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DC Network Analysis

# Norton's Theorem

Norton's theorem provides a second method of reducing complex circuitry to a simple equivalent circuit.

Norton's theorem is especially useful in analyzing circuits where only one particular resistor in the circuit (called the load) is subject to change. Example: Example circuit.

Norton's theorem states: Any linear electrical circuit can be replaced at terminals A and B by a simple parallel circuit consisting of an equivalent current source Ino and an equivalent resistance Rno.

The equivalent parallel circuit will provide the same current through a load as would the original circuit. The equivalent current Ino is the current that would flow through a short circuit between the two terminals (A and B) being considered in the original network. The equivalent resistance Rno is the resistance "seen" between the two terminals being considered in the original network when all voltage sources of the original circuit are replaced by a short circuit (wire) and all current sources are replaced by an open circuit (break). Norton equivalent circuit.

The figure below shows the application of Norton's theorem to a simple network. When Norton's theorem is applied, the current through RL of the figure below (view A) is the same as the current in RL of the figure below (view D). Transition of a network to resultant Norton-equivalent circuit.

In Norton's theorem, as in Thevenin's theorem, the equivalency is established for the chosen load terminals. Therefore, the equivalency applies only at the load.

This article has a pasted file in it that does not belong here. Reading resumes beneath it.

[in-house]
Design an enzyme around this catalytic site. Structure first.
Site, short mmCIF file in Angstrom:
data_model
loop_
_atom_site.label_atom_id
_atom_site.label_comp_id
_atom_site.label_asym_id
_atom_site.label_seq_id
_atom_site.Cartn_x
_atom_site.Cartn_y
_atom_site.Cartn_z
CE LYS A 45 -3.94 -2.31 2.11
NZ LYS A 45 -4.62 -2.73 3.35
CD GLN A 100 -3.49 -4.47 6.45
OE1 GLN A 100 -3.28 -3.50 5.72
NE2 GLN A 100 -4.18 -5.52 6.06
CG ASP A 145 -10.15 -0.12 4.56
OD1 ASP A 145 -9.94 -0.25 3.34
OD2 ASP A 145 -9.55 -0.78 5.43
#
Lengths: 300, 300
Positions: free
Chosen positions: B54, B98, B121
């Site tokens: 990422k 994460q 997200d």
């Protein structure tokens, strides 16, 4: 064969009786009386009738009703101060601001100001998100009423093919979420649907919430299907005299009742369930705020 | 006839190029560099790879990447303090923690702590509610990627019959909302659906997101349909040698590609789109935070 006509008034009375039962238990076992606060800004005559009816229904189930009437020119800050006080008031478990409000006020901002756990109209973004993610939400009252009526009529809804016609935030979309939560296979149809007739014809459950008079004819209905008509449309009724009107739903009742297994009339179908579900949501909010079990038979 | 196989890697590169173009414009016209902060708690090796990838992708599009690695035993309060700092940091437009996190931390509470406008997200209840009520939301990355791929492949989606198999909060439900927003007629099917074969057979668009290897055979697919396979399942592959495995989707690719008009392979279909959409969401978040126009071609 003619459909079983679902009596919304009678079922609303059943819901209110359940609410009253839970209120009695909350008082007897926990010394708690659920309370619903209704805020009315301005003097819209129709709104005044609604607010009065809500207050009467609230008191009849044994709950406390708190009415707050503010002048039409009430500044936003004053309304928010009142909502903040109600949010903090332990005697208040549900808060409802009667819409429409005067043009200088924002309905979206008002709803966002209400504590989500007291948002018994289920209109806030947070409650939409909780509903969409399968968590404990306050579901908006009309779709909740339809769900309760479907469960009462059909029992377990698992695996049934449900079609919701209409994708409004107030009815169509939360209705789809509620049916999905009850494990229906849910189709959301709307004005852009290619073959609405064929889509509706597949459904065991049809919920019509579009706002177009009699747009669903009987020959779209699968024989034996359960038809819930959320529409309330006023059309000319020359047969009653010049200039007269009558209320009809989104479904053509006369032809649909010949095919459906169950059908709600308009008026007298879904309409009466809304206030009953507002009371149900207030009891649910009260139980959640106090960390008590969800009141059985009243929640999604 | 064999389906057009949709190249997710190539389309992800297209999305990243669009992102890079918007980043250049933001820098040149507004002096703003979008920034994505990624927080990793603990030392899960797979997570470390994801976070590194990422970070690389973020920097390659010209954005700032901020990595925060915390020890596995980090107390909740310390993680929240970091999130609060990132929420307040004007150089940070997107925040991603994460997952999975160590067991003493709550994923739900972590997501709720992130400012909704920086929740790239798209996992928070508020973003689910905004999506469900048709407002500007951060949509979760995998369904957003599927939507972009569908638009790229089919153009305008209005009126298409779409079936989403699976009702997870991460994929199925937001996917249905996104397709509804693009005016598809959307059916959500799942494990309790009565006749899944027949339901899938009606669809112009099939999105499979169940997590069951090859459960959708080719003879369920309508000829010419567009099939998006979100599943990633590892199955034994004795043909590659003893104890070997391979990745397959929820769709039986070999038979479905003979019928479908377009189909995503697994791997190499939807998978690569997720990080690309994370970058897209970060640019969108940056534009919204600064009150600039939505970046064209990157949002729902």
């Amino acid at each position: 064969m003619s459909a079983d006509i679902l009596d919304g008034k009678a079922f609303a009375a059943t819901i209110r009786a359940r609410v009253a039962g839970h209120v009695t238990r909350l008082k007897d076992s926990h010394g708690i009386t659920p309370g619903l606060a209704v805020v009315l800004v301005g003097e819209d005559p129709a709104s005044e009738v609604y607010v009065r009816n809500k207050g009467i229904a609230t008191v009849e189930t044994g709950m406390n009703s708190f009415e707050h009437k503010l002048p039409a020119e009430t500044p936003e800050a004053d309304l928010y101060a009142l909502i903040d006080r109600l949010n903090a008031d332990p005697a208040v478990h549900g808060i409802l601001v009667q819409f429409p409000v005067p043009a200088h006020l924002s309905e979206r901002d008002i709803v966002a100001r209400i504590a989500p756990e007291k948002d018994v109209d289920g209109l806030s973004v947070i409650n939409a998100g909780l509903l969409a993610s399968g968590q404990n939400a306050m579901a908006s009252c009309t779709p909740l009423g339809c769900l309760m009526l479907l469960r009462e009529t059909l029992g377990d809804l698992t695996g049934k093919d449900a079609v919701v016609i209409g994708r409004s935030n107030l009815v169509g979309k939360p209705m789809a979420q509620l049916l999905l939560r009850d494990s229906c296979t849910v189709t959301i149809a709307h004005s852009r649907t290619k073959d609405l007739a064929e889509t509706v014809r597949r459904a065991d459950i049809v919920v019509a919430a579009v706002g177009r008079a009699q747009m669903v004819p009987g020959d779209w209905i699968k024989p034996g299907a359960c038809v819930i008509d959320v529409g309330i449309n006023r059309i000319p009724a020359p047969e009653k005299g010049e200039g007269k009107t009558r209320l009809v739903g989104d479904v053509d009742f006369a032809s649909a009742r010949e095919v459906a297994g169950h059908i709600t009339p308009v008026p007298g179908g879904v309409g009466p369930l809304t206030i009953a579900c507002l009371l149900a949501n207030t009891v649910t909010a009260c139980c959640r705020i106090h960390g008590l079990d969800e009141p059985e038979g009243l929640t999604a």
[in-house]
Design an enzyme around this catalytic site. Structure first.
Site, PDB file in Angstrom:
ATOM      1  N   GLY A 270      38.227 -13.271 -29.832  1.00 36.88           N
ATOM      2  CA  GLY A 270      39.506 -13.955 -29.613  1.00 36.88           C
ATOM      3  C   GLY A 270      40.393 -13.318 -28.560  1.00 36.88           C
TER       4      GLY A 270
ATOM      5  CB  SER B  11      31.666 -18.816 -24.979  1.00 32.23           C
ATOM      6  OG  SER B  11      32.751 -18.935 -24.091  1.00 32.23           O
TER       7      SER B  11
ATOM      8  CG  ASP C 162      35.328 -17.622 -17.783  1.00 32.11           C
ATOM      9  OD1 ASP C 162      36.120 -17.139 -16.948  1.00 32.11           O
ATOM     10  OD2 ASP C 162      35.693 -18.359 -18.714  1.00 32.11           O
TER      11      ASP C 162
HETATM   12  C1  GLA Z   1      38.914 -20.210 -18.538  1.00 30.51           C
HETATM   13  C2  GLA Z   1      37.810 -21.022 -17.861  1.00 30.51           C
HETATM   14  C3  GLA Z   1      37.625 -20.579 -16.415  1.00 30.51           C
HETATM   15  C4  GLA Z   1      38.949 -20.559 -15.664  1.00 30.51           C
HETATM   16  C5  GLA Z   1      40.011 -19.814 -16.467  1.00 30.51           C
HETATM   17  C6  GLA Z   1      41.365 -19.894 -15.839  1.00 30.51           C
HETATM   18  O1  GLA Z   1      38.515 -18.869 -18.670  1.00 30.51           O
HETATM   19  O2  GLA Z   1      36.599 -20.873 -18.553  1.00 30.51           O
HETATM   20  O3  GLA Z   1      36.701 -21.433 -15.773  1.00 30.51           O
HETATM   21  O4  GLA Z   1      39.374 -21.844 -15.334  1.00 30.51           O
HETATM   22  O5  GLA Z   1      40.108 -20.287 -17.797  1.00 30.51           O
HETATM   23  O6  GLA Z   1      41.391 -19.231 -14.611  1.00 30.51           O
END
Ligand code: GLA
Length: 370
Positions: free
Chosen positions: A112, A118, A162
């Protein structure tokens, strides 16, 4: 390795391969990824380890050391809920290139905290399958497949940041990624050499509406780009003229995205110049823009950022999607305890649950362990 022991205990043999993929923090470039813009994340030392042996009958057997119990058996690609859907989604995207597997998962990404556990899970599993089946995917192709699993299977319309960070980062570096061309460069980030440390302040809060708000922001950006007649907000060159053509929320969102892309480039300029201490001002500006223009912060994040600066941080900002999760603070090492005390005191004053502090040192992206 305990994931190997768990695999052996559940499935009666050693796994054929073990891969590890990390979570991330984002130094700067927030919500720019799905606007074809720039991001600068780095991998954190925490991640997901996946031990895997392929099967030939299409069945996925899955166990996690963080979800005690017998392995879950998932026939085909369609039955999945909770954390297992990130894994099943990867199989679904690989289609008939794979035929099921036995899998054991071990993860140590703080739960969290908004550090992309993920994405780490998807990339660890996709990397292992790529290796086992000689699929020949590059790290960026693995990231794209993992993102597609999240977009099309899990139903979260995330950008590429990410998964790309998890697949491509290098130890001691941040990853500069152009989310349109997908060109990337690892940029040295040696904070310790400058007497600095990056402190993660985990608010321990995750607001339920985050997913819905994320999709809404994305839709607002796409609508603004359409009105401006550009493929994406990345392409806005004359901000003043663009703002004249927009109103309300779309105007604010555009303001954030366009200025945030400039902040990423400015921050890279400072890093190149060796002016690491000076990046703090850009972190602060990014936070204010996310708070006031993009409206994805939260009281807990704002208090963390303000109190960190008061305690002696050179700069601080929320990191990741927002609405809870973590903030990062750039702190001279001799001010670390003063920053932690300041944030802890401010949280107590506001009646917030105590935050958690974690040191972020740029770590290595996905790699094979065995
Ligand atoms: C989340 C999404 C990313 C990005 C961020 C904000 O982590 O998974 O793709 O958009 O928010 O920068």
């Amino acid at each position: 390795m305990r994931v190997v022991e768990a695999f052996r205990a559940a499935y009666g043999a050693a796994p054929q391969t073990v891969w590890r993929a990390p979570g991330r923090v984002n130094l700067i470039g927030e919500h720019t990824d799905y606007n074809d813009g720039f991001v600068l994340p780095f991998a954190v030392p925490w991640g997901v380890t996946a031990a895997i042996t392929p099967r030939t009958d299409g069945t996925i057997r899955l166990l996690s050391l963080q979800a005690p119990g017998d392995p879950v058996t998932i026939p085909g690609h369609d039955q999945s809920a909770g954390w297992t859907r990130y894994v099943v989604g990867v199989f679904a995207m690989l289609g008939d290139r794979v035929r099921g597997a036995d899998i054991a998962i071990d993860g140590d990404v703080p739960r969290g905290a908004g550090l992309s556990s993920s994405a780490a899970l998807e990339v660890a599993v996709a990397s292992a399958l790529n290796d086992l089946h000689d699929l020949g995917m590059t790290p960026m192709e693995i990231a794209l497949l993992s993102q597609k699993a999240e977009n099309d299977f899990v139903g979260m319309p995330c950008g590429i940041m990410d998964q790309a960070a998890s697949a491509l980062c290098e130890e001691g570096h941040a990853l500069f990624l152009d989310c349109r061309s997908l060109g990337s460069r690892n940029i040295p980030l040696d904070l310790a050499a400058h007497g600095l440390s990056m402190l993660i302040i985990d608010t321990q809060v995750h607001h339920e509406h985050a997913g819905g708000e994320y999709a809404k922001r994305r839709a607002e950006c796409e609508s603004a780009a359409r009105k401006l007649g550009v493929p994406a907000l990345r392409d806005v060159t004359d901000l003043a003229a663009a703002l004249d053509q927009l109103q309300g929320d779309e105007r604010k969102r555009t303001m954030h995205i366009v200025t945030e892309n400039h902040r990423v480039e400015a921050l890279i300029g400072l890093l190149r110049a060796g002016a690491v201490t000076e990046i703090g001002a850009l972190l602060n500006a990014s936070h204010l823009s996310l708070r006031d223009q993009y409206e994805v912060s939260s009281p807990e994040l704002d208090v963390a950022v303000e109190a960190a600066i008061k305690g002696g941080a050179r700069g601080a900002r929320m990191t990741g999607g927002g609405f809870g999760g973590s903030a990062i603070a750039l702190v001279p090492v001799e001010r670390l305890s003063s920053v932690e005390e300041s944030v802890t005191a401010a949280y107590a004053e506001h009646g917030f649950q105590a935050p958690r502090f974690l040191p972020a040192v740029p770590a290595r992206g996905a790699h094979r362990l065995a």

Application of Norton's theorem is further illustrated in the following examples.

Example 1:
Find the Norton-equivalent circuit of the circuit shown in the figure below. Example circuit.

Solution:

Calculating the equivalent current Ino Shorted-terminal circuit used to calculate Ino.

Place a wire (short) between the points A and B (figure above), and use Ohm's law to calculate the currents through resistors R1 and R2: The current through the short between the points A and B is the sum of the currents IR1 and IR2: Calculating the equivalent resistance Rno

Replace the voltage sources V1 and V2 with a wire: Circuit used to calculate Rno.

The resistance between the points A and B is equal to R1 and R2 in parallel: 0.8 Ω. This is our equivalent resistance Rno in the equivalent circuit: Final equivalent circuit.

Example 2:
Find the Norton-equivalent circuit of the circuit shown in the figure below. Example circuit.

Solution:

Calculating the equivalent current Ino Shorted-terminal circuit used to calculate Ino.

Place a wire (short) between the points A and B (figure above), and use Ohm's law to calculate the currents through resistor R2: The current through the short between the points A and B is the sum of the currents IR1 and IR2: Calculating the equivalent resistance Rno

Replace the current source I1 with a break and the voltage source V2 with a wire: Circuit used to calculate Rno.

The resistance between the points A and B is equal to R2: 1 Ω. This is our equivalent resistance Rno in the equivalent circuit: Final equivalent circuit.